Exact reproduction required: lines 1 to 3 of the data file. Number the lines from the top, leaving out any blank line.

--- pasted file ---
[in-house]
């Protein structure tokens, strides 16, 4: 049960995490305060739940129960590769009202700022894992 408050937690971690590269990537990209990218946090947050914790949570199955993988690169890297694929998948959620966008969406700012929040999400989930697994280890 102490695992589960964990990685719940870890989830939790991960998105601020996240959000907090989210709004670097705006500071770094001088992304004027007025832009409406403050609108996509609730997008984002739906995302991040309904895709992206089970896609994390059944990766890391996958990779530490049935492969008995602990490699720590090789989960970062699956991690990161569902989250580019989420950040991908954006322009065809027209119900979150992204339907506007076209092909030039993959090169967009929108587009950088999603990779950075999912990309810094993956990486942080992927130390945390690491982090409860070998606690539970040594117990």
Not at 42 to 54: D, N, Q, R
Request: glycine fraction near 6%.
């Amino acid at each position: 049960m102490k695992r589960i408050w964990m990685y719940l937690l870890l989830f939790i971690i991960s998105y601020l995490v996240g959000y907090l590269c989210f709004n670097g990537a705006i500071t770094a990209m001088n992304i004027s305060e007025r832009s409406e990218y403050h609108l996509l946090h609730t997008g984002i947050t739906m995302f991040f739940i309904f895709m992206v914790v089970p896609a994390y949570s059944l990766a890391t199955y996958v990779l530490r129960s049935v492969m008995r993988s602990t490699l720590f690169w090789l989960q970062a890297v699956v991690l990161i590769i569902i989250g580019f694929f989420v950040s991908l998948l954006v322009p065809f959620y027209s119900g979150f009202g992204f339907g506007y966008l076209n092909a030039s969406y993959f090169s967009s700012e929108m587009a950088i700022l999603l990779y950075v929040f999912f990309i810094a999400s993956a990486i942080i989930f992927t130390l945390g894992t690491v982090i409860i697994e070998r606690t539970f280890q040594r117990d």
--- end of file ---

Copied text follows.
[in-house]
């Protein structure tokens, strides 16, 4: 049960995490305060739940129960590769009202700022894992 408050937690971690590269990537990209990218946090947050914790949570199955993988690169890297694929998948959620966008969406700012929040999400989930697994280890 102490695992589960964990990685719940870890989830939790991960998105601020996240959000907090989210709004670097705006500071770094001088992304004027007025832009409406403050609108996509609730997008984002739906995302991040309904895709992206089970896609994390059944990766890391996958990779530490049935492969008995602990490699720590090789989960970062699956991690990161569902989250580019989420950040991908954006322009065809027209119900979150992204339907506007076209092909030039993959090169967009929108587009950088999603990779950075999912990309810094993956990486942080992927130390945390690491982090409860070998606690539970040594117990």
Not at 42 to 54: D, N, Q, R